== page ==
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Local Gravity Variation

September 23, 2013

Isaac Newton not only discovered his law of universal gravitation, he also wrote about the practical consequences of the gravitational attraction between bodies. One theorem in his Principia (Principia, Proposition LXXI, Theorem XXXI) was a proof that gravitationally a uniform body can be replaced by a point mass at its center. In Newton's own words,[1]
"... A corpuscle placed without the sphaerical superficies is attracted towards the centre of the sphere with a force reciprocally proportional to the square of its distance from that centre."

Figure from Proposition LXXI of Newton's Principia.
Figure from Proposition LXXI of Newton's Principia. (Click to view entire proposition.)[1]

This theorem is easily proven using calculus, but Newton was keeping his discovery of calculus a secret at the time, using it to advantage in solving problems that none others could. Newton instead gave a geometrical proof of this theorem, which is quite archaic by present standards, so it's generally unknown. I wrote about Newton's gravitational theorem[2] in a previous article (Newton's Gravitational Theorem, March 5, 2012).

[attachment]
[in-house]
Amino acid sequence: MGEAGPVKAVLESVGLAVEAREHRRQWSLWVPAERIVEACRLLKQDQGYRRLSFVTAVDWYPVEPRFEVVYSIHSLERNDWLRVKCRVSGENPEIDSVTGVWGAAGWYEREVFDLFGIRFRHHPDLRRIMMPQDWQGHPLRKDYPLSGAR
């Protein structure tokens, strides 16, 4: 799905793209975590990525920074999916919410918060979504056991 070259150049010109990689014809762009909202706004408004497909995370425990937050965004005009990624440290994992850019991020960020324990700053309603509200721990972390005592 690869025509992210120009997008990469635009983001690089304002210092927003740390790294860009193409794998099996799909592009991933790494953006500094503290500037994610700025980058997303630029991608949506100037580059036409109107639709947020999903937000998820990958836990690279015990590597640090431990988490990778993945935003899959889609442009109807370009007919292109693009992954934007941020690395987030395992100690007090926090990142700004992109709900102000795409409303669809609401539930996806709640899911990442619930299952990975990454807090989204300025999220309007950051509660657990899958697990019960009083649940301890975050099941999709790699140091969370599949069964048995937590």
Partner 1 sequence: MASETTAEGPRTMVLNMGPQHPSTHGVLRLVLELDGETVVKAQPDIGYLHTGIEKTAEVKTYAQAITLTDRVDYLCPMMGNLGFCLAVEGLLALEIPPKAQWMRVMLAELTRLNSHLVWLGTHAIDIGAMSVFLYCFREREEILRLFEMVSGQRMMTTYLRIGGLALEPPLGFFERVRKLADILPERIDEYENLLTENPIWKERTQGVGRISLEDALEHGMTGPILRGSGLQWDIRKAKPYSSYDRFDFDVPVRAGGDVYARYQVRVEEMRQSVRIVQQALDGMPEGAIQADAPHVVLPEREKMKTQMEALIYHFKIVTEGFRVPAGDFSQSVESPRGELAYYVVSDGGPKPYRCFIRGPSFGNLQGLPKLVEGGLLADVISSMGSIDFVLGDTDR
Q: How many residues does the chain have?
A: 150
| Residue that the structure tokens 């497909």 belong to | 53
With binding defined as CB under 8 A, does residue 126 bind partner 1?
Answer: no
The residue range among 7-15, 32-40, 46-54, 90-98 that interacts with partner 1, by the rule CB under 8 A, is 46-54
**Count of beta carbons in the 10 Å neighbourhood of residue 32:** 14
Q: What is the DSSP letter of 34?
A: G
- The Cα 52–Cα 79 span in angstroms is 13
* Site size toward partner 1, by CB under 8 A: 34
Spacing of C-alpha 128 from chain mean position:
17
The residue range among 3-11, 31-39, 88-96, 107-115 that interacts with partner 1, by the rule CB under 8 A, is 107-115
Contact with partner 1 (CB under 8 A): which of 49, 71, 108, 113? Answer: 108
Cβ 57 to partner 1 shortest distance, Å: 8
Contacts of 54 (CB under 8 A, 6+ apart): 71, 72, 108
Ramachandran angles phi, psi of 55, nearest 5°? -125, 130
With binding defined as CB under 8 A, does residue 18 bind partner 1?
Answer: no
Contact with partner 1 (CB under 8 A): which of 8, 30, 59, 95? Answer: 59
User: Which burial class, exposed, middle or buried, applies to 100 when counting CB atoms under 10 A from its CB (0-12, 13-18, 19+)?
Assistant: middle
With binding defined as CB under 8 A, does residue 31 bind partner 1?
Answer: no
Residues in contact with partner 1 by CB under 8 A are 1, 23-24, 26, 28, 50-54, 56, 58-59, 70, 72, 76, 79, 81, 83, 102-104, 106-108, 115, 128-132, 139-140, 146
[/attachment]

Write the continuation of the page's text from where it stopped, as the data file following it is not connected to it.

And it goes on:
The mass in a typical planet or natural satellite, however, is not uniformly distributed. In fact, there are quite large gravitational anomalies of the Moon, as I wrote in a recent article (Lunar Mascons, June 26, 2013). These were discovered just a year before the first manned landing, that of Apollo 11, on July 20, 1969, and they were termed, "mascons," since excess gravity arises from excess mass.

We can expect some gravitation variation from place to place on the Earth, just because of topography. Mount Everest is 8,848 meters above sea level, and the Mariana Trench is 10,911 meters below sea level. However, this is just 0.31% of the radius of the Earth (6,371 km), so any gravitational variation is expected to be small. The Earth is somewhat flattened at the poles, and this also has an affect.

As the figure shows, the local variation of gravitational acceleration on Earth due to gravity anomalies is of the order of tens of milliGals. The Gal unit (one cm/s2) is named in honor of Galileo for his pioneering studies on gravitational acceleration. This variation is quite small compared with the standard surface gravity of 976-983 Gal.

Earth's gravitational anomaliesEarth's gravitational anomalies.

The mean gravitational acceleration of the Earth is about 980 Gal, so the anomalies are small.

(NASA image.)

Scientists at Curtin University (Perth, Western Australia) and the Technical University Munich (Munich, Germany) have just created a new gravity map of the Earth for all continents, as well as many islands, in the region ±60° latitude.[3-5] This map, which has about a 200 meter resolution, was created by combining satellite and terrestrial gravity measurements with topographic data using a supercomputer.[3-4]